That evening, Stedman addressed the rumor that the night marked his retirement from literature. "This would be exceptionally hard to do," he noted, admitting that he finally had enough leisure time to think about future writings. He never dreamed that he would ever "voluntarily cease from trying to perform the labor" — even now in his elder years. He went on:
Which of us toiler of the pen, if born with the art to write, does not know that it is as the last analysis of his love, his wealth, his religion, his solace, and that to it he must return, for better or worse, again and again, so long as breath is in him?
During this reception, a toast in the form of a poem was written by Stedman's friend Charles Henry Webb (who was but a few months younger than Stedman). It was titled "To the Guest of the Evening":
Dear Edmund, when I count the years
That over us have rolled,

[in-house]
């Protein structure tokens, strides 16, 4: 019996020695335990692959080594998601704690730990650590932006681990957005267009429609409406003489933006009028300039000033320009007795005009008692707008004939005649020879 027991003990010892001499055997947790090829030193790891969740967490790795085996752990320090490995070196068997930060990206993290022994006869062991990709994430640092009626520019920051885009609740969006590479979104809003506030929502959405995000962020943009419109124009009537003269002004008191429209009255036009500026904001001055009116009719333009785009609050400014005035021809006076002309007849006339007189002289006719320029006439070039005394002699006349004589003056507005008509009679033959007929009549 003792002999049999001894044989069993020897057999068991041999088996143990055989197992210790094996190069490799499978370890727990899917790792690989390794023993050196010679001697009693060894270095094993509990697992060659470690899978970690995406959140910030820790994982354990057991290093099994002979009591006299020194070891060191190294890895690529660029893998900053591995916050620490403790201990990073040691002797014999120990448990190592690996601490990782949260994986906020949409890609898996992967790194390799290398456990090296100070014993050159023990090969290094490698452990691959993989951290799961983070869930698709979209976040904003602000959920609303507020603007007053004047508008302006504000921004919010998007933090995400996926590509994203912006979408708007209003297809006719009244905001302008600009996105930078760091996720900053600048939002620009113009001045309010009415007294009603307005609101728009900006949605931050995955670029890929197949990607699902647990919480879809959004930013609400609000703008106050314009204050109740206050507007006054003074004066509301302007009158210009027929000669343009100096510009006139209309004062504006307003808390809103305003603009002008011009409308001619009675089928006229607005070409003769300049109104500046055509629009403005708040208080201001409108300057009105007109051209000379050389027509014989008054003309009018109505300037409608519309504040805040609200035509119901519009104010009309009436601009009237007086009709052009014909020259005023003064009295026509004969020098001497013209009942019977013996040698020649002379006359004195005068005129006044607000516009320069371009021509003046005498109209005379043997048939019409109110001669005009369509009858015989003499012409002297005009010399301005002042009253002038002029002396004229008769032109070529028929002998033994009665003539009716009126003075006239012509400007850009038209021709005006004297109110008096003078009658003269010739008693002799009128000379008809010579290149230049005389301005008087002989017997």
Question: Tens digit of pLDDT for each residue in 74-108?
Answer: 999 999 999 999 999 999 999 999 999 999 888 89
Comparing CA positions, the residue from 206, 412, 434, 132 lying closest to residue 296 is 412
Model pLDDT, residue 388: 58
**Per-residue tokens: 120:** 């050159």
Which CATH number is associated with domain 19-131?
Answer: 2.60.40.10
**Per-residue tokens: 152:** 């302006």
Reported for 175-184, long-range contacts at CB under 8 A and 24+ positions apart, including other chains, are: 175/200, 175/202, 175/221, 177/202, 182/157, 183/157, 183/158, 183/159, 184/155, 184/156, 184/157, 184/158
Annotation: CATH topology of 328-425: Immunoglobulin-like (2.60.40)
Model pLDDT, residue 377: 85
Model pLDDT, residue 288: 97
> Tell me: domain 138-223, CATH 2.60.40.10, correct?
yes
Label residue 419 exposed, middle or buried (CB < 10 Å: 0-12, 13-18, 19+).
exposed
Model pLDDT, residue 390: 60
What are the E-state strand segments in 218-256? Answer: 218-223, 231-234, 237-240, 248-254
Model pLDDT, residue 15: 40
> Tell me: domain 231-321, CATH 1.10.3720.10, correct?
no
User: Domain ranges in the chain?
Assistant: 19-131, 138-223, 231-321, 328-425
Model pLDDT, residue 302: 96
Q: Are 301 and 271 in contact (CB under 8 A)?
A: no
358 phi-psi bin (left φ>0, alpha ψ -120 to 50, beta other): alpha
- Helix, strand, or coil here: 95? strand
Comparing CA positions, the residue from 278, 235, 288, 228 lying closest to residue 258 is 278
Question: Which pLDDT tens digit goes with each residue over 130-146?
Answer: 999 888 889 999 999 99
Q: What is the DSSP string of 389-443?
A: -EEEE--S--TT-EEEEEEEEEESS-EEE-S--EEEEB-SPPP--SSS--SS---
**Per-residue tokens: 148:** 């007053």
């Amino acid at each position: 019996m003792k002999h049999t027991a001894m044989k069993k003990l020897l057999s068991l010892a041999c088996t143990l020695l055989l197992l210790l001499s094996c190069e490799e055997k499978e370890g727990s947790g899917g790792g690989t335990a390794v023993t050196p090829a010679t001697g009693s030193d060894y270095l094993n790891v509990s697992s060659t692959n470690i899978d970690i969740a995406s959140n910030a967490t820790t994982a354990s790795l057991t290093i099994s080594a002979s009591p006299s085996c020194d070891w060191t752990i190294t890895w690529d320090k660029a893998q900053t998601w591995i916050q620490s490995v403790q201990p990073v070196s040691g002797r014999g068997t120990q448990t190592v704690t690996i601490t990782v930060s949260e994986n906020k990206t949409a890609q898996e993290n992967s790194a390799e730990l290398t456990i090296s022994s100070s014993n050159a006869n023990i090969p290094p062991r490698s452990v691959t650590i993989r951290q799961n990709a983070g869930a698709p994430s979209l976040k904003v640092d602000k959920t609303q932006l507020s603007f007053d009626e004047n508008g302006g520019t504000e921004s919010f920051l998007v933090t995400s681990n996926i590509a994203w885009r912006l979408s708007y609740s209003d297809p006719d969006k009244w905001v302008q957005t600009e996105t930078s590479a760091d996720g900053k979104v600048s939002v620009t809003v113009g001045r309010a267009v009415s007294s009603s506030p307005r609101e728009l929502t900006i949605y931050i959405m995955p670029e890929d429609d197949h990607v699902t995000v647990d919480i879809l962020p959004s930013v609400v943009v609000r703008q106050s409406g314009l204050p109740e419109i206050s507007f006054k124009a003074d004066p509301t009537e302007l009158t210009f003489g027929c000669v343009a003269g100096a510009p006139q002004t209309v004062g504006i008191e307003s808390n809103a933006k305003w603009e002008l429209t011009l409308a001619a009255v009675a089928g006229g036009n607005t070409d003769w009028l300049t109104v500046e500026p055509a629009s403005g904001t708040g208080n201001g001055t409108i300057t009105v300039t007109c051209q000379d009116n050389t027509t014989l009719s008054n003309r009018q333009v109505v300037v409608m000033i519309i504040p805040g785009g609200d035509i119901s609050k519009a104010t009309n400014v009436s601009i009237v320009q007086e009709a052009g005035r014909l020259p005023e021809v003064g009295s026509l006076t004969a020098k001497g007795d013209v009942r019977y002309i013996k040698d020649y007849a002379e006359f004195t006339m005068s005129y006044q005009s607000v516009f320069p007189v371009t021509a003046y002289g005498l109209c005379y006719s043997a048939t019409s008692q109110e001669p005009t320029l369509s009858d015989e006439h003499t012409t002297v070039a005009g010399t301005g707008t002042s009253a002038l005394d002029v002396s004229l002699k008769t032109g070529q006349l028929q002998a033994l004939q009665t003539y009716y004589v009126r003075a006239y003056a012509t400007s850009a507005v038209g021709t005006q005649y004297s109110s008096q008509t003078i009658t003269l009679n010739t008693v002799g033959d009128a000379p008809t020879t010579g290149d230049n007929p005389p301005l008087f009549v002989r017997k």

It seems to me I must be young,
And only thou art old.
For, yet a private in the ranks,
At best I close the rear,
Whilst thou dost ride in front bestarred, —
A mounted Brigadier...
Ah, dearest friend and poet, best
Of all who woo the muse,
I am not envious, but I'd like
To stand there in thy shoes.
While all this mighty guild press round
With words of love and praise,
None baying at thy heels, but all
Enwreathing thee with bays.
And well they may, for hast thou not
Been generous to them,
To each extending the glad hand
And not thy garments' hem?
To thee they twang their rusty harps,
Old men, and wonder why
Thou stretchest too the helping hand
To youngsters such as I.
If asked, Webb writes, why Stedman performs these duties, offering always "the helping hand" or "words of cheer," he should be compared to zoo animals: Why do lions and tigers bark and bite? It is in their nature. Further, Stedman is presented as someone who is kind to all ("women as well as men"). Webb concludes that "I will drink":
A cup to him who from his heart
Pours Poesy's choicest wine,
And as a critic never wrote —
Or thought — one unkind line.